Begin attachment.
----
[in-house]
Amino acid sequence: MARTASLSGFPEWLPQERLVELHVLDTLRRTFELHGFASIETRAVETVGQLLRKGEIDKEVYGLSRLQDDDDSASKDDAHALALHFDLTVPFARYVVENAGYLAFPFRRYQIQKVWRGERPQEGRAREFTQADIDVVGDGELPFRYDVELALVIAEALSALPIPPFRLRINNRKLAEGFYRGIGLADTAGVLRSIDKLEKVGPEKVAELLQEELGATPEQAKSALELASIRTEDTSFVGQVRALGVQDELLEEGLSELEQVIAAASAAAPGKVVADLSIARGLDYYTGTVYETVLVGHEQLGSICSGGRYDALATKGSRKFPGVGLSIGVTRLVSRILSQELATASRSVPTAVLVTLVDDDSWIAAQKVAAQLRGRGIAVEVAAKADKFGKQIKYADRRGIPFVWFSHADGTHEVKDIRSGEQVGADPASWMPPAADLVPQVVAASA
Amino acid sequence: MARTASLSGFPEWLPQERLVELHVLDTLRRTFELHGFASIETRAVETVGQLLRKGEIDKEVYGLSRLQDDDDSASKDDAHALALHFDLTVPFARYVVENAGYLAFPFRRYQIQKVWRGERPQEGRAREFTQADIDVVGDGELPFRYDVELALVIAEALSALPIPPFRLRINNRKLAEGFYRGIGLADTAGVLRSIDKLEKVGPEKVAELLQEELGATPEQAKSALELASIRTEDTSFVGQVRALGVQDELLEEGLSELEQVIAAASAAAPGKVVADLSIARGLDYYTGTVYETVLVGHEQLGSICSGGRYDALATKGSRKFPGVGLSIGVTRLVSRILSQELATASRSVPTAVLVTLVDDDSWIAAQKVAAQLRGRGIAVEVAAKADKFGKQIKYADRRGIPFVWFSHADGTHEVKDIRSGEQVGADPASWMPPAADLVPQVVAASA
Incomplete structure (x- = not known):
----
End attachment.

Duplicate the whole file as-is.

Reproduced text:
[in-house]
Amino acid sequence: MARTASLSGFPEWLPQERLVELHVLDTLRRTFELHGFASIETRAVETVGQLLRKGEIDKEVYGLSRLQDDDDSASKDDAHALALHFDLTVPFARYVVENAGYLAFPFRRYQIQKVWRGERPQEGRAREFTQADIDVVGDGELPFRYDVELALVIAEALSALPIPPFRLRINNRKLAEGFYRGIGLADTAGVLRSIDKLEKVGPEKVAELLQEELGATPEQAKSALELASIRTEDTSFVGQVRALGVQDELLEEGLSELEQVIAAASAAAPGKVVADLSIARGLDYYTGTVYETVLVGHEQLGSICSGGRYDALATKGSRKFPGVGLSIGVTRLVSRILSQELATASRSVPTAVLVTLVDDDSWIAAQKVAAQLRGRGIAVEVAAKADKFGKQIKYADRRGIPFVWFSHADGTHEVKDIRSGEQVGADPASWMPPAADLVPQVVAASA
Amino acid sequence: MARTASLSGFPEWLPQERLVELHVLDTLRRTFELHGFASIETRAVETVGQLLRKGEIDKEVYGLSRLQDDDDSASKDDAHALALHFDLTVPFARYVVENAGYLAFPFRRYQIQKVWRGERPQEGRAREFTQADIDVVGDGELPFRYDVELALVIAEALSALPIPPFRLRINNRKLAEGFYRGIGLADTAGVLRSIDKLEKVGPEKVAELLQEELGATPEQAKSALELASIRTEDTSFVGQVRALGVQDELLEEGLSELEQVIAAASAAAPGKVVADLSIARGLDYYTGTVYETVLVGHEQLGSICSGGRYDALATKGSRKFPGVGLSIGVTRLVSRILSQELATASRSVPTAVLVTLVDDDSWIAAQKVAAQLRGRGIAVEVAAKADKFGKQIKYADRRGIPFVWFSHADGTHEVKDIRSGEQVGADPASWMPPAADLVPQVVAASA
Incomplete structure (x- = not known):